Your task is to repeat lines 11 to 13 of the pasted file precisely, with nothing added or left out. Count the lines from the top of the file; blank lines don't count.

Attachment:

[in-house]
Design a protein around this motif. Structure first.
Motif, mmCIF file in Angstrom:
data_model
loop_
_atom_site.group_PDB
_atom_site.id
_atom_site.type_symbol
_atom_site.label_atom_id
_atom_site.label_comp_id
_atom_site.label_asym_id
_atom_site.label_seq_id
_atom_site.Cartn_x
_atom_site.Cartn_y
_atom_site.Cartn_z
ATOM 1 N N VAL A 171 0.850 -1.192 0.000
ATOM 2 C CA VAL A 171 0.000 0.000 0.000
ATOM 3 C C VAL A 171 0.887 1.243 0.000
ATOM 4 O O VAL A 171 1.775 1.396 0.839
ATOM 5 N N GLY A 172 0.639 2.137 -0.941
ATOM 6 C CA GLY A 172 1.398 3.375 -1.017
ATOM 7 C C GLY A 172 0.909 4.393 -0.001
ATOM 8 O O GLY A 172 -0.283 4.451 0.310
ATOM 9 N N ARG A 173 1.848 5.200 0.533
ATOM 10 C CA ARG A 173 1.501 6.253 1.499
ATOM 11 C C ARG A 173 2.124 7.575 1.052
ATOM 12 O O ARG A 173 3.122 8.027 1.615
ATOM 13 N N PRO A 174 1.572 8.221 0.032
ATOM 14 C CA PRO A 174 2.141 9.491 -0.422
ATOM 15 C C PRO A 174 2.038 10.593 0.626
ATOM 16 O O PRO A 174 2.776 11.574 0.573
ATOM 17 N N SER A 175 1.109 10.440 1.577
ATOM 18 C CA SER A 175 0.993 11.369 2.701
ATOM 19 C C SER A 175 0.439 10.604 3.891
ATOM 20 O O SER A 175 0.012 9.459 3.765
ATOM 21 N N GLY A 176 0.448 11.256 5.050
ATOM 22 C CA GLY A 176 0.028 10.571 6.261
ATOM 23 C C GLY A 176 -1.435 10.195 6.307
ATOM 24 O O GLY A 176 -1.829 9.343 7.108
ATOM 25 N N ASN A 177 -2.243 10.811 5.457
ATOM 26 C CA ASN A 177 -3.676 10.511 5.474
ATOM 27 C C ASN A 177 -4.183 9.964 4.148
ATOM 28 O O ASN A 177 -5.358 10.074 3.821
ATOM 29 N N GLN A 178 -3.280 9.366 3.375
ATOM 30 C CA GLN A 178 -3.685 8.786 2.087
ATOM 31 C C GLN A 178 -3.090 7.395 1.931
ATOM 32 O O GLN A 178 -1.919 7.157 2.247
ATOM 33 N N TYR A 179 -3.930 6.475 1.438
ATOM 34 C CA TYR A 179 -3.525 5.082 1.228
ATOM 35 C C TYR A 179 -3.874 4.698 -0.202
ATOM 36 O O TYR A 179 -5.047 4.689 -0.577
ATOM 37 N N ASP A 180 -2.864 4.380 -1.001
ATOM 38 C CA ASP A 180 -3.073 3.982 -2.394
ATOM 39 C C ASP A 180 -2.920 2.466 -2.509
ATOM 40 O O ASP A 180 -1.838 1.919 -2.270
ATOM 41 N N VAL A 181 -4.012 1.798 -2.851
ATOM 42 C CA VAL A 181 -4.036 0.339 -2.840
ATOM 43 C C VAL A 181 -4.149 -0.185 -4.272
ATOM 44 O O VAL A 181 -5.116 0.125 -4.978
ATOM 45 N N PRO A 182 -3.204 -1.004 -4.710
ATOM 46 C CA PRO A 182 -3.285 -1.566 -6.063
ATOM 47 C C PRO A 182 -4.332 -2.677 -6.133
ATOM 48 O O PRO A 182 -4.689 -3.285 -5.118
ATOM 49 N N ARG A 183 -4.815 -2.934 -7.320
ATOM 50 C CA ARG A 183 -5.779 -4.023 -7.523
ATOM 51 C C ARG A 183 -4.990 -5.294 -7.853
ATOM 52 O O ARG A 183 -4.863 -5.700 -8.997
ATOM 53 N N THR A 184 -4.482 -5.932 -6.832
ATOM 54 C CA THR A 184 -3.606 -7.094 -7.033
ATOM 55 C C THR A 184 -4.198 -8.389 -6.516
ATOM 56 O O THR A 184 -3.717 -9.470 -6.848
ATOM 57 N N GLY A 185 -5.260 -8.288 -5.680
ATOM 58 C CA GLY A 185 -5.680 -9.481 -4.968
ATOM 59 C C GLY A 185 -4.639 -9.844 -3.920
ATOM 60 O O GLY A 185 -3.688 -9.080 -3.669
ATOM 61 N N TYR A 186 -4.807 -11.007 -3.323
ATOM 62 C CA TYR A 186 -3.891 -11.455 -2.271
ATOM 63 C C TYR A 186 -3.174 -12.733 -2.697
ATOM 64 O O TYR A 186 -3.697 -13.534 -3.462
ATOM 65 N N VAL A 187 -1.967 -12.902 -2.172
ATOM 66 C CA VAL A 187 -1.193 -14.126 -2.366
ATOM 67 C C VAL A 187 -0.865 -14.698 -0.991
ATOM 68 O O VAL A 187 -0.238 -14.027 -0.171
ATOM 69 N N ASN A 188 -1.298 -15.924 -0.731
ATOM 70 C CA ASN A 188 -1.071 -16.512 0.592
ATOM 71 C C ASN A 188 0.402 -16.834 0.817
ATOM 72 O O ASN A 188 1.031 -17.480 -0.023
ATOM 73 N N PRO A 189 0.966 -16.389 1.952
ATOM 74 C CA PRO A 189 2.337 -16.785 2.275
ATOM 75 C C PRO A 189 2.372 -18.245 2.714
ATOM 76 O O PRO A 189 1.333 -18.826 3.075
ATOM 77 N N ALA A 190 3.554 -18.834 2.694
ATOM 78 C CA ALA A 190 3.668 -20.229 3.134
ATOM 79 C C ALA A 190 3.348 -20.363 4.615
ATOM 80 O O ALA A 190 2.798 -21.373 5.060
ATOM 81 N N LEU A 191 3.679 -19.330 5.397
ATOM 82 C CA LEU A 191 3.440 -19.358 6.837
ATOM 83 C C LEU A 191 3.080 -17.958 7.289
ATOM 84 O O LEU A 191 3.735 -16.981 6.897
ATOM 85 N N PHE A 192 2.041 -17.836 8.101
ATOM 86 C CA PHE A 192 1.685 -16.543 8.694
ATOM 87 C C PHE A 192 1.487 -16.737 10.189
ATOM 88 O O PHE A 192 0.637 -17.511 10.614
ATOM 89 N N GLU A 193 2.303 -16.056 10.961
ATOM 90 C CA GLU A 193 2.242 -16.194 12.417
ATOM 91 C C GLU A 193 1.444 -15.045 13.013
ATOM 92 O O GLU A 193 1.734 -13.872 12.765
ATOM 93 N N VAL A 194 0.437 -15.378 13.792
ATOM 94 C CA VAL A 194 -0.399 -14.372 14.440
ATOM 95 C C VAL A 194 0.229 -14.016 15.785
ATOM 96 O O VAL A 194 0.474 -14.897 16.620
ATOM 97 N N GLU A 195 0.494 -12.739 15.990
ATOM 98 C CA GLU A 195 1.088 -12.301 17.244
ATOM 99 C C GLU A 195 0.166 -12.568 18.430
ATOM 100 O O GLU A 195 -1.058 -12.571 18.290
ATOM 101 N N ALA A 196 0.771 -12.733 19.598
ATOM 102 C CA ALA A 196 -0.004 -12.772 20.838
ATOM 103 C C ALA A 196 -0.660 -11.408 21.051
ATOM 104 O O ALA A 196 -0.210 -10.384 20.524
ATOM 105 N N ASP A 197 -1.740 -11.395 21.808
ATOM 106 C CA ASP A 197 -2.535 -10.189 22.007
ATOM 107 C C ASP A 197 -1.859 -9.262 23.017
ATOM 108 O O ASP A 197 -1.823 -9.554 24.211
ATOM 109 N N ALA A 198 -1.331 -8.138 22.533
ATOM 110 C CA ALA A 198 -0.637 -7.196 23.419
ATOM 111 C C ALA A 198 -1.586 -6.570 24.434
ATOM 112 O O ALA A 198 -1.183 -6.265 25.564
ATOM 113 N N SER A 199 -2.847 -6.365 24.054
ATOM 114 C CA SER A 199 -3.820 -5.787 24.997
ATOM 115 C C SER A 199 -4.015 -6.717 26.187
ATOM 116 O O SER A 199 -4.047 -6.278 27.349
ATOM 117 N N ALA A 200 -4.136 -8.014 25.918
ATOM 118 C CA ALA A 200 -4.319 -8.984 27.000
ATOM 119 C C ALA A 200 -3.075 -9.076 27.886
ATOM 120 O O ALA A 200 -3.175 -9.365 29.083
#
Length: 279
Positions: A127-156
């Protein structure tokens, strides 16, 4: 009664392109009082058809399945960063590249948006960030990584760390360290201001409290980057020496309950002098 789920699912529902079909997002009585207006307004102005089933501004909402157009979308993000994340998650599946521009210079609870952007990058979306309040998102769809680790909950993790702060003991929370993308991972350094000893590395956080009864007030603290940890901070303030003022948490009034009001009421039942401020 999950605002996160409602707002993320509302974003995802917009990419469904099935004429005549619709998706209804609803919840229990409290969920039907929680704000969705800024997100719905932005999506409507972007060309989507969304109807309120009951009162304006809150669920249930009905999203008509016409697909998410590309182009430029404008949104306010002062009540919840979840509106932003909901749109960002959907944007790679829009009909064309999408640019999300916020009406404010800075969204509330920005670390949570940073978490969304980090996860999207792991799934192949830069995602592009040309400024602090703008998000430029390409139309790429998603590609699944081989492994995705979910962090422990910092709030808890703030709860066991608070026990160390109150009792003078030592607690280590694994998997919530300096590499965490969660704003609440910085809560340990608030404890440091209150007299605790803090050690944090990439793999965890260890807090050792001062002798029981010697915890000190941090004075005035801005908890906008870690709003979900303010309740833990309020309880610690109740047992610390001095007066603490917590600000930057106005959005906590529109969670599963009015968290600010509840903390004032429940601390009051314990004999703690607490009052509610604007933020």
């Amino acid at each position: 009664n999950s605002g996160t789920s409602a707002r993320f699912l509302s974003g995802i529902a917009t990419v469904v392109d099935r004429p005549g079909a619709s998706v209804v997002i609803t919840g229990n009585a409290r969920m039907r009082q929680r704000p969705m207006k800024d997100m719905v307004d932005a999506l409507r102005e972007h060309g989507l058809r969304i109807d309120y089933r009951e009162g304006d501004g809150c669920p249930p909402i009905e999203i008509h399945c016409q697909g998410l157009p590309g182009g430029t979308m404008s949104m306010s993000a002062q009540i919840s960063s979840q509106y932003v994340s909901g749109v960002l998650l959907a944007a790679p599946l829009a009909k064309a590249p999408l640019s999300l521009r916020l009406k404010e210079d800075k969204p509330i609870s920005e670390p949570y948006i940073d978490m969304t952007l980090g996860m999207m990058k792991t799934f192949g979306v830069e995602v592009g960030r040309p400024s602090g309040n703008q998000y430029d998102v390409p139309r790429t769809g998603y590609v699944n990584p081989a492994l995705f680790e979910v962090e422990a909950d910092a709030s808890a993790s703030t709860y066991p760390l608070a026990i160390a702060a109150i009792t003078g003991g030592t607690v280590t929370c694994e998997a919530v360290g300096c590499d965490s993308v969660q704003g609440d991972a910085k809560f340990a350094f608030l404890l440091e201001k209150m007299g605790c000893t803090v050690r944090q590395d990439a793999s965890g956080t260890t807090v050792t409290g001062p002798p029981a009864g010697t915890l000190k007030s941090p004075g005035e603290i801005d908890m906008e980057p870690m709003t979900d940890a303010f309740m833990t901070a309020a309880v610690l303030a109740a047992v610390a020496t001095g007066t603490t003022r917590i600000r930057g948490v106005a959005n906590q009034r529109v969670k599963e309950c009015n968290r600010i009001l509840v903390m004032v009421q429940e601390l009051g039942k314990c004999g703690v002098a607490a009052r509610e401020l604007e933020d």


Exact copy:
_atom_site.label_asym_id
_atom_site.label_seq_id
_atom_site.Cartn_x